The world’s largest tobacco companies - British American Tobacco, Imperial Brands, Japan Tobacco, and Philip Morris International - are targeting kids on social media, at points of sale (like kiosks, grocery and convenience stores, and mobile vendors), and through strategic sponsorships. The industry has even called kids “replacement smokers” for those killed by tobacco use.
That’s because kids are more susceptible to cigarette advertising and marketing than adults. The vast majority of all smokers begin their addictive habit before they reach age 18, and almost nobody tries smoking for the first time after 18. In other words, if large numbers of kids did not try smoking and go on to become regular users, the tobacco companies eventually would not have enough adult customers to make staying in business worthwhile.
Investigations around the world have revealed disturbing patterns of Philip Morris International, British American Tobacco, Japan Tobacco International, and Imperial Brands using marketing tactics to target youth:
- In 40 countries, data collected at points of sale almost exclusively near primary and secondary schools found tobacco product displays at the eye level of a child (1 meter high), special advertising and promotions, tobacco products and e-cigarettes designed to appeal to youth (like flavored tobacco), and tobacco products and e-cigarettes positioned near products like candy and sweets.
- Philip Morris International, British American Tobacco, Japan Tobacco International and Imperial Brands are subverting tobacco advertising laws, flying under the radar of government regulators and abusing the policies of social media platforms to market tobacco products and e-cigarettes to youth. Tobacco companies and their marketing firms engage popular social media influencers to help promote cigarettes and other tobacco products to their social media communities. The influencers’ posts are designed to appear authentic, but are actually carefully composed to advertise cigarettes. Most recently, tobacco and e-cigarette companies have been found promoting their products as branded pages on Facebook and Instagram.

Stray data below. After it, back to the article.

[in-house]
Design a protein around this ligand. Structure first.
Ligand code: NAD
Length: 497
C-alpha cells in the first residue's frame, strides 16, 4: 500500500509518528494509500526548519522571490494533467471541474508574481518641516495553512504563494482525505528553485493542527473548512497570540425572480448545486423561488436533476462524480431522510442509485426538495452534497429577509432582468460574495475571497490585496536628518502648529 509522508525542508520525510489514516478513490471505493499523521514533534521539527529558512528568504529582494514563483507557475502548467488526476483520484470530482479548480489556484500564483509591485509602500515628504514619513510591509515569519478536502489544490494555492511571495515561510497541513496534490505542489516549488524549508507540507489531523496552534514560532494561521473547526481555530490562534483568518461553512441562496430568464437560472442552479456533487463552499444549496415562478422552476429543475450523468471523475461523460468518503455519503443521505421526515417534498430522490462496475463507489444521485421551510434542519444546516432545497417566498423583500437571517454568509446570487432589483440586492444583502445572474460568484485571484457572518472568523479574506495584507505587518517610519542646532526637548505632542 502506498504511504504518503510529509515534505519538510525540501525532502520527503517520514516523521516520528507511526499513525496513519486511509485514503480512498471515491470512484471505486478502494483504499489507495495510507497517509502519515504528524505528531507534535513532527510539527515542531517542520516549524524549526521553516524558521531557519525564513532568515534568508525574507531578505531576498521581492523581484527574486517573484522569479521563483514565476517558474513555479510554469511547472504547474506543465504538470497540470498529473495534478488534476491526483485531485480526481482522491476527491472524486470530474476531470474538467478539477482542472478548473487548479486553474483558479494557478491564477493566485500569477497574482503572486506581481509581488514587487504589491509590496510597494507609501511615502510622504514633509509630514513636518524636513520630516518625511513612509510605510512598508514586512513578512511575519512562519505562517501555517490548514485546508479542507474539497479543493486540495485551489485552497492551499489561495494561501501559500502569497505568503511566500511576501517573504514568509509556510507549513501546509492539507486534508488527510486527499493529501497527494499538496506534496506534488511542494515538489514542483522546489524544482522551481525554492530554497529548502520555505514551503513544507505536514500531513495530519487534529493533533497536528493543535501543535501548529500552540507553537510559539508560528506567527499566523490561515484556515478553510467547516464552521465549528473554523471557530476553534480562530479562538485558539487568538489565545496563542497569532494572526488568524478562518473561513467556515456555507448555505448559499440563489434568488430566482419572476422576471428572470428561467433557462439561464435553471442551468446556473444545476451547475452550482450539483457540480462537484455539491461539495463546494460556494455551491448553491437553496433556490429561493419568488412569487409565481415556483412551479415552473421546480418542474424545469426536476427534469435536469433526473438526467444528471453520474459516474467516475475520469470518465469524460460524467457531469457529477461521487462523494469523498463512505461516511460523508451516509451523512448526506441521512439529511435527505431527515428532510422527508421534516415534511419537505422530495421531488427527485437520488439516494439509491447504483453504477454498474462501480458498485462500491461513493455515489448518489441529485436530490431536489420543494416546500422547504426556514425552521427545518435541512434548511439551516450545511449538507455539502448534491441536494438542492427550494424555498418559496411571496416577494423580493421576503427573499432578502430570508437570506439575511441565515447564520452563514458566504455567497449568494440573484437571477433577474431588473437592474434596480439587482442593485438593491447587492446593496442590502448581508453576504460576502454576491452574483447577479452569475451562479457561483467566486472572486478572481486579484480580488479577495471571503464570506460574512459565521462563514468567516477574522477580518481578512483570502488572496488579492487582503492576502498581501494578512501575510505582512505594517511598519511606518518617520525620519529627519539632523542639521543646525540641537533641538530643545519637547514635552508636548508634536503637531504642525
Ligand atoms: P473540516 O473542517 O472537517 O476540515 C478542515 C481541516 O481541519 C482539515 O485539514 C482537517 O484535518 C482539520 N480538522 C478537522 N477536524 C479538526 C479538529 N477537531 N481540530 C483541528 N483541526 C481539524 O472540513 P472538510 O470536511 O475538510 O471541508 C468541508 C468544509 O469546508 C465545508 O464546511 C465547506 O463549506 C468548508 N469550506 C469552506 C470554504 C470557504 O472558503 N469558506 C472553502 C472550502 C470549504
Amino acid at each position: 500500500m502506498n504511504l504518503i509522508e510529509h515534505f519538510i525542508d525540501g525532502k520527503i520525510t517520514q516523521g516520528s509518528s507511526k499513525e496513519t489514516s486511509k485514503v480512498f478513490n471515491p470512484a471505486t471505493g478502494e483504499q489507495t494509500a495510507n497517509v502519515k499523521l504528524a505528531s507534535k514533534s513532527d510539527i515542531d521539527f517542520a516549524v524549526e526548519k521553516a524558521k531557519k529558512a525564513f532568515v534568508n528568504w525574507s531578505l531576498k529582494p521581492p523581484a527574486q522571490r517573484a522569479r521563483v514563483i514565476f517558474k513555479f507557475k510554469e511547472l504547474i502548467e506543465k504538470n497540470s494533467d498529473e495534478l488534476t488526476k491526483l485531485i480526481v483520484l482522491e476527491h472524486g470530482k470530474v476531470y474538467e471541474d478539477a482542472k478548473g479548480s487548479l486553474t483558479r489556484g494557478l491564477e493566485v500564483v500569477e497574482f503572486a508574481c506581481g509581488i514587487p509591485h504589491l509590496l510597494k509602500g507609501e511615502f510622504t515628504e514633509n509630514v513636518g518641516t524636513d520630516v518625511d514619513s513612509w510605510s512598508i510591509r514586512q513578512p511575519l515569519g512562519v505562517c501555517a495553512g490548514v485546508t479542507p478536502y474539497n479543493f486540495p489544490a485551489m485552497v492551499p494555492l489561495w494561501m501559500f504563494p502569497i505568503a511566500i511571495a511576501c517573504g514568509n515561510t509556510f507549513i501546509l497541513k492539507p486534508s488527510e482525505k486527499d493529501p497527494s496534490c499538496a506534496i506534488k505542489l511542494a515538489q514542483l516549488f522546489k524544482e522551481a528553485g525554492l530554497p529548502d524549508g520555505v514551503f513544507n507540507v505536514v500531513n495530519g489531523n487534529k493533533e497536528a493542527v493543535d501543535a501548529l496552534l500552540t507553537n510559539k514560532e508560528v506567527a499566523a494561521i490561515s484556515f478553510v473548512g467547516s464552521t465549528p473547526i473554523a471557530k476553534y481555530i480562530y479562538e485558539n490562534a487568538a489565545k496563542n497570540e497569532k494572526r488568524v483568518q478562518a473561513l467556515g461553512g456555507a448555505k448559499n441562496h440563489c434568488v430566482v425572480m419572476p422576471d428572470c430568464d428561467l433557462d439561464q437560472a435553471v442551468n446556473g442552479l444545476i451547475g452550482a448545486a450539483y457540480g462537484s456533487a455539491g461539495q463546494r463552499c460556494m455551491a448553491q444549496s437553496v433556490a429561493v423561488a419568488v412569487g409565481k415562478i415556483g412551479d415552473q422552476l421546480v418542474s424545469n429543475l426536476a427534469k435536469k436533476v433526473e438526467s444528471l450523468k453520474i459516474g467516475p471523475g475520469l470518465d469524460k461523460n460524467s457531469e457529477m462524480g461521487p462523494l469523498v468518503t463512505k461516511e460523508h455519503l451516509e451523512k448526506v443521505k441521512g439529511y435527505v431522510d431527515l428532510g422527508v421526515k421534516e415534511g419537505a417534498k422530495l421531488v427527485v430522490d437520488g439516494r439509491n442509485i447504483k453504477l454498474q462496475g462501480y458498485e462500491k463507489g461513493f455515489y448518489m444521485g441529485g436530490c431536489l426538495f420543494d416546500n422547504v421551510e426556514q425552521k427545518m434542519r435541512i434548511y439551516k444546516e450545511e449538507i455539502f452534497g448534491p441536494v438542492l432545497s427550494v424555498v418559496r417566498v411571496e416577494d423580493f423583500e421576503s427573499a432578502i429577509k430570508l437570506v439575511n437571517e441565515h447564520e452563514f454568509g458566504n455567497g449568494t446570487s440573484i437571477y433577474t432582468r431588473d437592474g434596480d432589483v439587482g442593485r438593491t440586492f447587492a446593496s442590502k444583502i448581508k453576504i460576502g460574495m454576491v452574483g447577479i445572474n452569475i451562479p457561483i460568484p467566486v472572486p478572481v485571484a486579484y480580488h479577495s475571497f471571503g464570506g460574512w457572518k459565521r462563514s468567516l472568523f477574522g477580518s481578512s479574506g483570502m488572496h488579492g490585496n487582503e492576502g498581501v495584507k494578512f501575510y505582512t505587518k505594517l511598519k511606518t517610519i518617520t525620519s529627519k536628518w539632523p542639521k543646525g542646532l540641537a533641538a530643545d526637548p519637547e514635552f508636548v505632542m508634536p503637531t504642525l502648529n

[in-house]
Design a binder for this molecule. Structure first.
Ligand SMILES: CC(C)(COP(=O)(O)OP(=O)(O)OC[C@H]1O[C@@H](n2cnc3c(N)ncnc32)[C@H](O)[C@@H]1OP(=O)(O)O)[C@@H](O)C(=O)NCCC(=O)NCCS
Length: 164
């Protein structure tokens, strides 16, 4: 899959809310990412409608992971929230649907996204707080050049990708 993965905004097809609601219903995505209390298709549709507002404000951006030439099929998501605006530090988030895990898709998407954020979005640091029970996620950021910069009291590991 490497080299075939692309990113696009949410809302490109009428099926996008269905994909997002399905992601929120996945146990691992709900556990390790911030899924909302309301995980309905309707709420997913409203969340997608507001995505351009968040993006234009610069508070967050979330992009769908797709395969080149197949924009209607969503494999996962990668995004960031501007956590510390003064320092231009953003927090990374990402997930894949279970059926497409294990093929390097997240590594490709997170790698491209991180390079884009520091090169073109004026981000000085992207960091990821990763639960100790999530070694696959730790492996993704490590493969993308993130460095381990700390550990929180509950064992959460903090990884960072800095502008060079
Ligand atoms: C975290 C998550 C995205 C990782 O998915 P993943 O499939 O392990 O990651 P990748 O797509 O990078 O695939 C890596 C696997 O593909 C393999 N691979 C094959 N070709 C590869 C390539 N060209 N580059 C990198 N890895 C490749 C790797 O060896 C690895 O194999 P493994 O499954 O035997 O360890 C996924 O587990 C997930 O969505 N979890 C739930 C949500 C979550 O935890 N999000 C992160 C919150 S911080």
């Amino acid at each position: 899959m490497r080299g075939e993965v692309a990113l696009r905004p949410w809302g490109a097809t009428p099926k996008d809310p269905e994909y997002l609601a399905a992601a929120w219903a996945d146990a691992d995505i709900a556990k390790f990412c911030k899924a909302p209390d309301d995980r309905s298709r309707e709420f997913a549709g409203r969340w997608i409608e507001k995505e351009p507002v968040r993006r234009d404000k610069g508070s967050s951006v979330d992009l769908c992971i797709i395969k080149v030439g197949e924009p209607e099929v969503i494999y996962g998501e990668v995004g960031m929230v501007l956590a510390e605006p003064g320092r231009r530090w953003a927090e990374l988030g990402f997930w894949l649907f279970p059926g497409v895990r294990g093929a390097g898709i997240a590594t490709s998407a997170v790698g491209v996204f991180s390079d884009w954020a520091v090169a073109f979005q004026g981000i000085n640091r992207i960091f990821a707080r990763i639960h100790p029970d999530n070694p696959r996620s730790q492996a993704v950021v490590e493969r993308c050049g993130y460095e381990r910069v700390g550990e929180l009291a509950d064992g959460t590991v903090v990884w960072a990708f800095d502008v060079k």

- British American Tobacco, Japan Tobacco, Imperial Brands and Philip Morris International also host trendy cigarette themed parties all over the world. When party-goers post photos from the events on social media, big tobacco’s digital footprint expands exponentially. The parties are designed to promote cigarette brands and generate significant social media content to ensure maximum visibility for brands like Marlboro and Lucky Strike.
- Tobacco companies sponsor events and activities to promote the use of tobacco to their target customers/consumers. When sponsorship is not included in tobacco advertising bans, the industry uses sponsorships to advertise their products often without the requirement of accompanying health warnings.
We must protect our kids from Big Tobacco’s efforts to lure them into a lifetime of addiction and disease.
Governments can protect the next generation by enacting and enforcing policies mandated by the World Health Organization Framework Convention on Tobacco Control to protect kids from the aggressive marketing tactics of tobacco companies.